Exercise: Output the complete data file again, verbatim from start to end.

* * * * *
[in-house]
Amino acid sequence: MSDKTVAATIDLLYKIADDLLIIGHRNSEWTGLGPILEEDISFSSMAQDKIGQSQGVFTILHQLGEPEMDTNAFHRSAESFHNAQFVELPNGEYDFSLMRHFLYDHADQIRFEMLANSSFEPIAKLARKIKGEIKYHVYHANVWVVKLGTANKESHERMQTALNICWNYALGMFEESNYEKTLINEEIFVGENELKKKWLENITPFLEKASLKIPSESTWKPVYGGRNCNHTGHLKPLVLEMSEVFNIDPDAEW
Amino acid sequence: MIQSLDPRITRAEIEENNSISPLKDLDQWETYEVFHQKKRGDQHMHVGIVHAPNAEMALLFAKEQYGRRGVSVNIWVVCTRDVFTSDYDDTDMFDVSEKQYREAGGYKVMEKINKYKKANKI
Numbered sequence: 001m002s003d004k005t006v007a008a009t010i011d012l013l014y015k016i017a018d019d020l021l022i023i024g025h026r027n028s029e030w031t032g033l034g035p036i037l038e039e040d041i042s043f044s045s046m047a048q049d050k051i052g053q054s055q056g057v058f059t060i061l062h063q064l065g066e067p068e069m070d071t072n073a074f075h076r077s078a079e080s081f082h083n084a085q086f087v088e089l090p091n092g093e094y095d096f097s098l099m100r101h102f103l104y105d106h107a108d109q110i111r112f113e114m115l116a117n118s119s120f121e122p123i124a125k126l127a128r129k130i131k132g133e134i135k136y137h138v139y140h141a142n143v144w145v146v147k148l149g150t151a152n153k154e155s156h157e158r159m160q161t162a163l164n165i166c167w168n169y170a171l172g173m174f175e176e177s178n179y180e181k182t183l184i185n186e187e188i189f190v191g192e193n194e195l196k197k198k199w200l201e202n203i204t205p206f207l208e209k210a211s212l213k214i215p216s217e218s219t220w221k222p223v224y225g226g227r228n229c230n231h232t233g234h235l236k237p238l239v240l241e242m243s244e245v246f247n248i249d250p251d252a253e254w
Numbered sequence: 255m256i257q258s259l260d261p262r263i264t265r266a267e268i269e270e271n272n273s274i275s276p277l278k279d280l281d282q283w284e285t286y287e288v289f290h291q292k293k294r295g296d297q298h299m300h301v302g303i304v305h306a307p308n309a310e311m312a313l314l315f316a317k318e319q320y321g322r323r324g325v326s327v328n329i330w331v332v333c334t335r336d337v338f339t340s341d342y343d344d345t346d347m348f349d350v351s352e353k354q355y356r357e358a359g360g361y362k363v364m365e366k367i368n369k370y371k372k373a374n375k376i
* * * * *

[in-house]
Amino acid sequence: MSDKTVAATIDLLYKIADDLLIIGHRNSEWTGLGPILEEDISFSSMAQDKIGQSQGVFTILHQLGEPEMDTNAFHRSAESFHNAQFVELPNGEYDFSLMRHFLYDHADQIRFEMLANSSFEPIAKLARKIKGEIKYHVYHANVWVVKLGTANKESHERMQTALNICWNYALGMFEESNYEKTLINEEIFVGENELKKKWLENITPFLEKASLKIPSESTWKPVYGGRNCNHTGHLKPLVLEMSEVFNIDPDAEW
Amino acid sequence: MIQSLDPRITRAEIEENNSISPLKDLDQWETYEVFHQKKRGDQHMHVGIVHAPNAEMALLFAKEQYGRRGVSVNIWVVCTRDVFTSDYDDTDMFDVSEKQYREAGGYKVMEKINKYKKANKI
Numbered sequence: 001m002s003d004k005t006v007a008a009t010i011d012l013l014y015k016i017a018d019d020l021l022i023i024g025h026r027n028s029e030w031t032g033l034g035p036i037l038e039e040d041i042s043f044s045s046m047a048q049d050k051i052g053q054s055q056g057v058f059t060i061l062h063q064l065g066e067p068e069m070d071t072n073a074f075h076r077s078a079e080s081f082h083n084a085q086f087v088e089l090p091n092g093e094y095d096f097s098l099m100r101h102f103l104y105d106h107a108d109q110i111r112f113e114m115l116a117n118s119s120f121e122p123i124a125k126l127a128r129k130i131k132g133e134i135k136y137h138v139y140h141a142n143v144w145v146v147k148l149g150t151a152n153k154e155s156h157e158r159m160q161t162a163l164n165i166c167w168n169y170a171l172g173m174f175e176e177s178n179y180e181k182t183l184i185n186e187e188i189f190v191g192e193n194e195l196k197k198k199w200l201e202n203i204t205p206f207l208e209k210a211s212l213k214i215p216s217e218s219t220w221k222p223v224y225g226g227r228n229c230n231h232t233g234h235l236k237p238l239v240l241e242m243s244e245v246f247n248i249d250p251d252a253e254w
Numbered sequence: 255m256i257q258s259l260d261p262r263i264t265r266a267e268i269e270e271n272n273s274i275s276p277l278k279d280l281d282q283w284e285t286y287e288v289f290h291q292k293k294r295g296d297q298h299m300h301v302g303i304v305h306a307p308n309a310e311m312a313l314l315f316a317k318e319q320y321g322r323r324g325v326s327v328n329i330w331v332v333c334t335r336d337v338f339t340s341d342y343d344d345t346d347m348f349d350v351s352e353k354q355y356r357e358a359g360g361y362k363v364m365e366k367i368n369k370y371k372k373a374n375k376i